“The Battle of Anghiari,” is a mural by Leonardo da Vinci. Many art historians call it as “The Lost Leonardo.” It is a lost painting, but studies for the mural have survived. The most faithful and best known copy of this mural by the great master is the one depicted above, created by Peter Paul Rubens.

The center scene of the mural showed three fierce soldiers riding tempestuous war horses. Each one of the soldiers was fighting to win a standard (banner).

Ambitious project

It was one of the most ambitious projects of Leonardo da Vinci and could have been the largest, at 54ft by 21ft or 16.7 by 6m. He thought of using a new type of plaster for the mural. But it created many problems for him. The weather did not cooperate and humidity turned the paste holding his cartoon onto the wall into liquid. His cartoon fell to the floor and tore into pieces.

Da Vinci did not foresee that the humidity would have disastrous results. He did a trial run for the new type of plaster. He applied it to a board and it dried well under warm temperature. He followed the instructions in the book, which showed that it would provide a very good stable base for the oil paints. Leonardo da Vinci even built a special accordion-type scaffolding that can be lowered or raised so he can be lifted to the right height to reach the upper parts of the mural.

Michelangelo, Da Vinci’s long-time rival, was also commissioned to decorate the opposite wall. He decided to feature one episode from the Battle of Cascina, which showed a group of soldiers who were bathing, caught by surprise by oncoming enemies. Michelangelo failed to finish his mural as he was called back to Rome by Pope Julius II to build a tomb for the pope.

Greatest and largest

Several museums have the studies created by Leonardo da Vinci for the mural. If it were finished, it would have been the greatest and largest work of the master. From the cartoons that he made and partof the original sketches that were left on the wall, the interest of the great painter in anatomy, action, atmospheric effects, movement and drama were clearly seen.

A Study for the Battle of Anghiari

Lost forever?

The incomplete mural was thought to be lost although many still believe that the painting is hidden behind a counter wall at the original location. He started creating the cartoon in 1503 and it remained incomplete. He began to paint it on the wall in 1505 and was able to finish the main scene before he was called back to Milan. He never came back to finish the mural.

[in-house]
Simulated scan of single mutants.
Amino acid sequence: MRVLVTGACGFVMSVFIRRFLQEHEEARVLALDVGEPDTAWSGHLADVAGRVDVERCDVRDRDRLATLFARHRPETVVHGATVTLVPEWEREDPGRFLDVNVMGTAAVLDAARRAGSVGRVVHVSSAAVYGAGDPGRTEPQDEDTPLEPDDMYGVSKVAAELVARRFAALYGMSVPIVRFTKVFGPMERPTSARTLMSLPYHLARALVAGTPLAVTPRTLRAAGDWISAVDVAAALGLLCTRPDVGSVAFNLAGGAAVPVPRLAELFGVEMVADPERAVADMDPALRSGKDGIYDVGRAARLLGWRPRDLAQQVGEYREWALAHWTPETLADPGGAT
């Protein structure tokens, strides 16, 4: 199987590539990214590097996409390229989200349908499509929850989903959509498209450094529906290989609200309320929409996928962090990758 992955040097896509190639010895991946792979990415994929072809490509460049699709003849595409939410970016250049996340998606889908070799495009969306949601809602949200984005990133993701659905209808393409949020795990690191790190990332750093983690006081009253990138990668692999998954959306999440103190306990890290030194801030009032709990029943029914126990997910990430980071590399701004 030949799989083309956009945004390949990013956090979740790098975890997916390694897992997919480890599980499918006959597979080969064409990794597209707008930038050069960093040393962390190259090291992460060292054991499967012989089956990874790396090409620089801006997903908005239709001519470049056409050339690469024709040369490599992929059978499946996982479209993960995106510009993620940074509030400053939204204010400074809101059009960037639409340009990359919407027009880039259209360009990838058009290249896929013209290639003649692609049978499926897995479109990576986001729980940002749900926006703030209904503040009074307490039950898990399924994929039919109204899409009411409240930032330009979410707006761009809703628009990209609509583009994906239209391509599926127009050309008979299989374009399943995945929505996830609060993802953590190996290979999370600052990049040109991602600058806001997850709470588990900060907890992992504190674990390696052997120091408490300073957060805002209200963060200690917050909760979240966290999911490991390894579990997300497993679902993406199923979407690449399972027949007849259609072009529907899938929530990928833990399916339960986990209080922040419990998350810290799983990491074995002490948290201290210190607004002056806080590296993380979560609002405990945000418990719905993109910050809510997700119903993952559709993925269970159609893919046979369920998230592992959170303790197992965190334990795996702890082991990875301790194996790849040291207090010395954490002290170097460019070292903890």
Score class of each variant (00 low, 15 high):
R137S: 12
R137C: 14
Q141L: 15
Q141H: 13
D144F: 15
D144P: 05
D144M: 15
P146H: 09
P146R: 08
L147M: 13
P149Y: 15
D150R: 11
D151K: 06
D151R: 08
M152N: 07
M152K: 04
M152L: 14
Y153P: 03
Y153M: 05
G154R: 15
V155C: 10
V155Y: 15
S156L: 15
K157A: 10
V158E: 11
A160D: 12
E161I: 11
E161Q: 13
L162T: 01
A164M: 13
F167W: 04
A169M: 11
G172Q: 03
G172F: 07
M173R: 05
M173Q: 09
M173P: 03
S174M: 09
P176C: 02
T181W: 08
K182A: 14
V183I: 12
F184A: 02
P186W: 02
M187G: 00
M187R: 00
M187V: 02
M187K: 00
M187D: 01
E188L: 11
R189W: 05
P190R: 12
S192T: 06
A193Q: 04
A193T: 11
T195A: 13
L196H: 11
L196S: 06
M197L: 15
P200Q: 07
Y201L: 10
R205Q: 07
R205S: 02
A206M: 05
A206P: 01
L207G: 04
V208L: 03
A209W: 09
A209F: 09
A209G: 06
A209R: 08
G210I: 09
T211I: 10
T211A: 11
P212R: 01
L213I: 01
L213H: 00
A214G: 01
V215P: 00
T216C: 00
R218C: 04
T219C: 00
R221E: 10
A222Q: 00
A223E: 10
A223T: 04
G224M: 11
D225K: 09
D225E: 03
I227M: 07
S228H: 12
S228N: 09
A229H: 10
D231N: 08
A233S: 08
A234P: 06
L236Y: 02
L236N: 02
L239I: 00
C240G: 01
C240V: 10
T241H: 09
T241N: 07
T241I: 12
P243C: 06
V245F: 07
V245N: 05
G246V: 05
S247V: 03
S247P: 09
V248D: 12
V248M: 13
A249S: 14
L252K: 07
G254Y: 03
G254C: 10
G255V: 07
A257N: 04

Those who originally saw the central focus of the painting were highly impressed by Da Vinci’s talent. Several copies were made by other artists. The most acclaimed was the complete painting of the central scene done by Rubens. It was concluded that Rubens probably referred to a middling engraving. It was because there were several inaccuracies in his work. Otherwise, it’s a dynamic and powerful rendition depicting the passion, inventiveness, creativity and rhythm of one of the greatest painters of all time.

Sometime between 1570 and 1571, Giorgio Vasari either covered or destroyed The Battle of Anghiari during the redecoration and renovation of the Vecchio Palace.

In March 2012, Italian art diagnostician Maurizio Seracini announced that he believed the lost painting of The Battle of Anghiari might be hidden behind the mural of Vasari entitled Battle of Marciano in Val di Chiana. It was said that about 12 meters from the ground, in the upper part of the fresco, there is a Florentine soldier waving a green flag. On the flag, “Cerca trova” or “He who seeks, finds” was written. The scientist believes that is was a hint from Giorgio Vasari, who had praised the unfinished mural of Da Vinci.

Seracini thinks that it is not possible that Vasari would destroy the work of the master and he might have preserved and concealed it by another painting. Using non-invasive techniques, they drilled small holes in the restored part of the Vasari mural. They discovered a curtain wall built in front of the wall where the original Da Vinci mural used to be. Sensors revealed that there is a 1 to 3 centimeters gap between the original and the curtain wall, which they believed is enough to preserve Da Vinci’s fresco. Bits of paint collected showed that they were the same as the paints used in Mona Lisa.

Alas, lack of funding and disagreements about how to proceed with the investigation put a stop to it. Who knows, the future generation might be able to see this lost masterpiece once again.

Photo Attribution:

Featured and 1st image by┬áPeter Paul Rubens [Public domain], <a href=”;s_copy_of_the_lost_Battle_of_Anghiari.jpg”>via Wikimedia Commons</a>

2nd image by┬áLeonardo da Vinci [Public domain], <a href=””>via Wikimedia Commons</a>

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